I understood that, for the passengers on the ship, the lights would shine out ahead, but I was imagining the ship travelling a lot faster when they flicked on the light switch - say 0.999...C. Surely then, the observer on the planet, towards which the ship was travelling, would never see the light until the ship either slowed down or crashed into them?

How about this scenario then (if you, or anyone, else are bored enough to indulge me)...

2 planets, 1 ly apart. A ship on each planet is launched toward the other planet. The pilots turn their headlights' on at the moment of launch. Assume instant acceleration to almost light speed, and ignore the need to decelerate when they arrive.

a) What do the pilots observe of their counterparts' ship and headlights?

b) What do "stationary" observers on planets see?




Bresser 8" f4.3 Newt, CGEM, unbranded Chinese digital eyepiece.

Expanding Universe denier.

Offline Nomis Elfactem

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Re: Headlights on my spaceship?
« Reply #24 on: 15:47:19, 15 May, 2013 »
a) What do the pilots observe of their counterparts' ship and headlights?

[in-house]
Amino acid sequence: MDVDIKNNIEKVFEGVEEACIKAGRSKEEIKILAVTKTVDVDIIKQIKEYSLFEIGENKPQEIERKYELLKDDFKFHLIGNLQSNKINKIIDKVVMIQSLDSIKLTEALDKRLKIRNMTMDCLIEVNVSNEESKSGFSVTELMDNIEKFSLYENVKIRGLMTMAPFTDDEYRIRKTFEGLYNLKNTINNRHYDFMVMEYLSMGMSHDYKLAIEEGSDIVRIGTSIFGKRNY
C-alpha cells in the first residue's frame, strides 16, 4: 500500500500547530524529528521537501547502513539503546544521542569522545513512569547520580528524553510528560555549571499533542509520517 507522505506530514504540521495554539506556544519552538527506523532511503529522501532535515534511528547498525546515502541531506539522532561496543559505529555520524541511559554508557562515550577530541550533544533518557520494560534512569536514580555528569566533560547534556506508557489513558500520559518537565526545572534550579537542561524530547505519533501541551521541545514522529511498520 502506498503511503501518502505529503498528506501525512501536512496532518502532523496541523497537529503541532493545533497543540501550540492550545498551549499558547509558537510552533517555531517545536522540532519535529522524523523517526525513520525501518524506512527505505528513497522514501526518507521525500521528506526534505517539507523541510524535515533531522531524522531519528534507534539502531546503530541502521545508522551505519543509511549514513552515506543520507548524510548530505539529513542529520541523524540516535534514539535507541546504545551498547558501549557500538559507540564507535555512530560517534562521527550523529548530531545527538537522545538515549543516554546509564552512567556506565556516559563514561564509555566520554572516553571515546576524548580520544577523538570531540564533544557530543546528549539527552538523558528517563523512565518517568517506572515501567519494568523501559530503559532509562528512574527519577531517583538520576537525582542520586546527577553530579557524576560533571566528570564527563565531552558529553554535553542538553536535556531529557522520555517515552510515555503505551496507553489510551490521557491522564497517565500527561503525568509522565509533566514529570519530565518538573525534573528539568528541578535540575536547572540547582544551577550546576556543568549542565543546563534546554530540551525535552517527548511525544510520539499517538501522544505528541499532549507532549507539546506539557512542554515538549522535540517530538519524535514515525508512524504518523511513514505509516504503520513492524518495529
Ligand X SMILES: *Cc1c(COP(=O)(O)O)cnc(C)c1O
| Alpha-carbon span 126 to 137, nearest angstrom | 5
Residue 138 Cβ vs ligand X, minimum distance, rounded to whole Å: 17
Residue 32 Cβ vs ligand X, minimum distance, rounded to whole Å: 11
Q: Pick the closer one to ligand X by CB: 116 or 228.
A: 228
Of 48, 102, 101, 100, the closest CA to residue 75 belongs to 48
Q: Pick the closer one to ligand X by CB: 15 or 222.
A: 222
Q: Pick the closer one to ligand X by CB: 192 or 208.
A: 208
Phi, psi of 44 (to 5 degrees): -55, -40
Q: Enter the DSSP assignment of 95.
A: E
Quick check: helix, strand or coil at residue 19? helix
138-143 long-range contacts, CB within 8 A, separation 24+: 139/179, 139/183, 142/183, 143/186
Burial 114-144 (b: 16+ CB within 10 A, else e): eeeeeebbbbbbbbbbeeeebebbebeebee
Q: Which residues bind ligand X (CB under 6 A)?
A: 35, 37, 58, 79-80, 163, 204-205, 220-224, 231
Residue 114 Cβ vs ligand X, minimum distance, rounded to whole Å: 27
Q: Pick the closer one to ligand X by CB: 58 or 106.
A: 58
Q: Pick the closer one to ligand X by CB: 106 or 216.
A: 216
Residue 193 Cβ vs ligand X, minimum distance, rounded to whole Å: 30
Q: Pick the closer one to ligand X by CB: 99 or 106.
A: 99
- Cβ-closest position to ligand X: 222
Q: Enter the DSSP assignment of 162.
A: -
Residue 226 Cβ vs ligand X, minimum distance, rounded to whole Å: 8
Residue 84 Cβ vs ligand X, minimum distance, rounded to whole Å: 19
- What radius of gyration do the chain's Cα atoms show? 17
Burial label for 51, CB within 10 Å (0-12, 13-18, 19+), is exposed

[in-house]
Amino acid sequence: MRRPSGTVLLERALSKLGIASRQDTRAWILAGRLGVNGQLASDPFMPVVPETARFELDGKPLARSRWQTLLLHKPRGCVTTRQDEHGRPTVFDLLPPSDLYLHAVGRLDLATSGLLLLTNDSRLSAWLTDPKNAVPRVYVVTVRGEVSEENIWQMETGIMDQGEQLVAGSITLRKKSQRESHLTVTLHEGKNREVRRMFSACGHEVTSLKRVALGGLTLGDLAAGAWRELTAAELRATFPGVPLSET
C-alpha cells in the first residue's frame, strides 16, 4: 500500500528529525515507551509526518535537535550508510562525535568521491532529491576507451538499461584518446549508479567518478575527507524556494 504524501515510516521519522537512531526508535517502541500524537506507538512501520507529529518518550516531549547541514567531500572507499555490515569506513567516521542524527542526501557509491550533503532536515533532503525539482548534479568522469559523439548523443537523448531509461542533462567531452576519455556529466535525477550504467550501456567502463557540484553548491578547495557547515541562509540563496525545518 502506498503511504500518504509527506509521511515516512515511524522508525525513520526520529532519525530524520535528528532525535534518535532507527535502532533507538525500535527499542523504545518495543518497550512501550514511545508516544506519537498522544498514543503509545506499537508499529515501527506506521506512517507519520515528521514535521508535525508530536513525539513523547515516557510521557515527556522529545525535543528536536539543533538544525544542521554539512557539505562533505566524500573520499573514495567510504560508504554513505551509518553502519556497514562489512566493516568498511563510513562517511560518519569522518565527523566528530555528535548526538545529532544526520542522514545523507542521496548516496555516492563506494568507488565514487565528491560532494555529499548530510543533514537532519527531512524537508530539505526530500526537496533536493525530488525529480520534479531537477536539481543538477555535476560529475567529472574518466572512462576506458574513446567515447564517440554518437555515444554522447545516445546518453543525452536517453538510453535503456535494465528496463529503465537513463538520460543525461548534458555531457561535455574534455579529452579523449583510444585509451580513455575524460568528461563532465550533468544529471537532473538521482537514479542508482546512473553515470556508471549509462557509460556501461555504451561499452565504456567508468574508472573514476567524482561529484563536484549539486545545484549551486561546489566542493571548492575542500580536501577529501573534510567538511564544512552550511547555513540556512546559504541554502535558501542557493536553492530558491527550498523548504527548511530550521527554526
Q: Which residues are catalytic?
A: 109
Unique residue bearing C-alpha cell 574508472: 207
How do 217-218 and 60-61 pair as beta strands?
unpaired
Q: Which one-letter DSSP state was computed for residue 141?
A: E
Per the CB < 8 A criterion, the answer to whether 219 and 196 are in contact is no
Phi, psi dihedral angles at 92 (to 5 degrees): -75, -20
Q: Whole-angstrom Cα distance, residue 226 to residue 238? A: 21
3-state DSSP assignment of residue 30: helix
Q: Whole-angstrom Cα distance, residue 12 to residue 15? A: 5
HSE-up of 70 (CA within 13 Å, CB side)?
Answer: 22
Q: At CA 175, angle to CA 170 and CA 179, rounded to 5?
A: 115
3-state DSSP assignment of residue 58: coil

Well from my understanding (which ranges from grasping the concept to no clue whatsoever) the ships will take just over a year to reach their respective planets and they would pass (assuming they plotted the correct course) each other halfway after 6 months.  Because they aren't traveling at the speed of light the each pilot would see the others headlights before they saw the ship.

Quote
b) What do "stationary" observers on planets see?

They will see a launch then a year later they will see the lights of the oncoming spaceship before it arrives just over year after it set off / the other ship was launched...

.... I think  ;) :laugh:

Simon

Scopes: Astro-Tech AT-111EDT Triplet, TS65ED Quad, Orion ST80, Modded PST-90 Solar Scope, PST Cak (on loan)
Cameras: SXVF H694, Atik 16ic, Canon EOS 600d, DMK41, DMK21, QHY 5L-II (mono & colour)
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Offline mcgillca

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Re: Headlights on my spaceship?
« Reply #25 on: 11:22:01, 16 May, 2013 »
Wow! You seem to really understand this stuff?
Courtesy of a misspent doctorate

Quote